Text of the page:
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Porsche Taycan launches on an aircraft carrier, stays dry

A new generation of car requires a new generation of publicity stunt, and this one requires an aircraft carrier.

The Taycan will officially be revealed next week.

Porsche

Electric cars offer many advantages over their internally combusted counterparts -- no emissions, cheaper running, minimal required service, etc. -- but for enthusiasts, chief among those advantages is acceleration. EVs launch harder than just about anything short of a US Navy aircraft off the deck of a carrier, and that comparison was not lost on Porsche when dreaming up a new way to show off the Taycan's quickness.

If you're getting images of Top Gear-style antics involving a steam-powered catapult resulting in a very large splash, think again. Porsche's demonstration relies entirely on the Taycan's own power and, thankfully, takes place entirely on the ship's deck.

Porsche driver Shea Holbrook launched the car from a standstill up to 90 miles per hour (90.58 to be exact) before getting hard on the carbon-ceramic brakes and coming to a complete standstill. The entire process -- acceleration and braking -- took just 10.17 seconds and, more importantly, covered a distance shorter than the length of the deck on the USS Hornet.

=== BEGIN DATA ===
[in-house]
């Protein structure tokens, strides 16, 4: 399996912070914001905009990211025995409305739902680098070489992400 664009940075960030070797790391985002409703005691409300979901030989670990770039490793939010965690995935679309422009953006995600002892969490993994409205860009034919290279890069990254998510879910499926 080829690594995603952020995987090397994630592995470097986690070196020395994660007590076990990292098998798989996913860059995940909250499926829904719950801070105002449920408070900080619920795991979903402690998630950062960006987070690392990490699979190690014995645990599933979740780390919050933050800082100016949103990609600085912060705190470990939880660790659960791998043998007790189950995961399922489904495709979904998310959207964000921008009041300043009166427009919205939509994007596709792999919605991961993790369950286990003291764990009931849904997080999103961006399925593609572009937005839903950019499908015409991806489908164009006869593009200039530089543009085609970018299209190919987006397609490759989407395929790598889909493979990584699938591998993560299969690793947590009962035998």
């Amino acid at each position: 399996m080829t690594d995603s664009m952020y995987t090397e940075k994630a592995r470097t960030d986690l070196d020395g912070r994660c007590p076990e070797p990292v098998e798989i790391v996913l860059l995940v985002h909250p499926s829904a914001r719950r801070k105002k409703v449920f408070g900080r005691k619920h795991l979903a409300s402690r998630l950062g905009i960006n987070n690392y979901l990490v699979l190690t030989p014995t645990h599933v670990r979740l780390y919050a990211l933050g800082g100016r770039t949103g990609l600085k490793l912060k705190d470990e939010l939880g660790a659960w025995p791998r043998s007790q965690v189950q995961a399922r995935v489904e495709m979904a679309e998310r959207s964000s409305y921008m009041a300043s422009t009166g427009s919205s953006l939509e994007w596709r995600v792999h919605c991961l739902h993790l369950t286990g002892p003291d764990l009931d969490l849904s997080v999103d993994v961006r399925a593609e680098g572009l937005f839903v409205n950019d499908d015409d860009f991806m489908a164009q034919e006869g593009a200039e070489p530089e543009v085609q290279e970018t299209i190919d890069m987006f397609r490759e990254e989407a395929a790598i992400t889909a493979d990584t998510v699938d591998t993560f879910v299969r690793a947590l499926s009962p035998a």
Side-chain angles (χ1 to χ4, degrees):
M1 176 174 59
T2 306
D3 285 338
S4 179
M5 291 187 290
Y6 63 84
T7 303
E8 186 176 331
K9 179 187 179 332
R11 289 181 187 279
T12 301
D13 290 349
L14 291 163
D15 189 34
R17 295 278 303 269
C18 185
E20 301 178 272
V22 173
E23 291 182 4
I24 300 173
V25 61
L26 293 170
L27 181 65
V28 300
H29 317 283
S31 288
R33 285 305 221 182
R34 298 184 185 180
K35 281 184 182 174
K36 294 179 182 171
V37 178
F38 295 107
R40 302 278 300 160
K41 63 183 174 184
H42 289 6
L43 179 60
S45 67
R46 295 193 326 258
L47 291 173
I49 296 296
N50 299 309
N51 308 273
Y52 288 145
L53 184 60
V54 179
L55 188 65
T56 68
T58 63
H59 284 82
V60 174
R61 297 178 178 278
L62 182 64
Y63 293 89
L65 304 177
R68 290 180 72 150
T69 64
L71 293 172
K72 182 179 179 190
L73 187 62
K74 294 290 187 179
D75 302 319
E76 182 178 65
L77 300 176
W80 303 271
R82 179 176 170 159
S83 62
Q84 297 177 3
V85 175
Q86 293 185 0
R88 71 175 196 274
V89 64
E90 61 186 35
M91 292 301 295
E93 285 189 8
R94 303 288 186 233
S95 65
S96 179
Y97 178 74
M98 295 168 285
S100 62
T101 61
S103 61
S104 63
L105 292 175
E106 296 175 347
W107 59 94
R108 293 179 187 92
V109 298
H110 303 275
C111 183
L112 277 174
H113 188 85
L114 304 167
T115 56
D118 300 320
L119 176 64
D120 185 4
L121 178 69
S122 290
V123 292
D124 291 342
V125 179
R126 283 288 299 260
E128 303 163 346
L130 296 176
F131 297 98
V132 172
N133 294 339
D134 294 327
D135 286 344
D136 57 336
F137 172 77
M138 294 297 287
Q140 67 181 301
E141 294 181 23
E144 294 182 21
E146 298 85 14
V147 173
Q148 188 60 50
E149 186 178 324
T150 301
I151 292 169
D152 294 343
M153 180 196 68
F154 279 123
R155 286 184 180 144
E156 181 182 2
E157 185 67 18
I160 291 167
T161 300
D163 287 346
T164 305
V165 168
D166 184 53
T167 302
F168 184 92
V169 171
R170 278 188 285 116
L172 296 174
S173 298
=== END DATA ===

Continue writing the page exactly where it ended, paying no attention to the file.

While that figure is impressive and points to a very, very fast 0-to-60 mph time, it's a little hard to compare this performance to other machines, as the figure more commonly utilized for performance entails accelerating to 100 mph before braking. However, for context, 2017 test conducted by Motor Trend indicated that a Model S P100D made the 0-100-0 run in 10.2 seconds. That means the Tesla is certainly quicker, but Porsche has said again and again that the Taycan is about sustained performance not single bursts of speed. Exactly how that translates to real-world performance remains to be seen.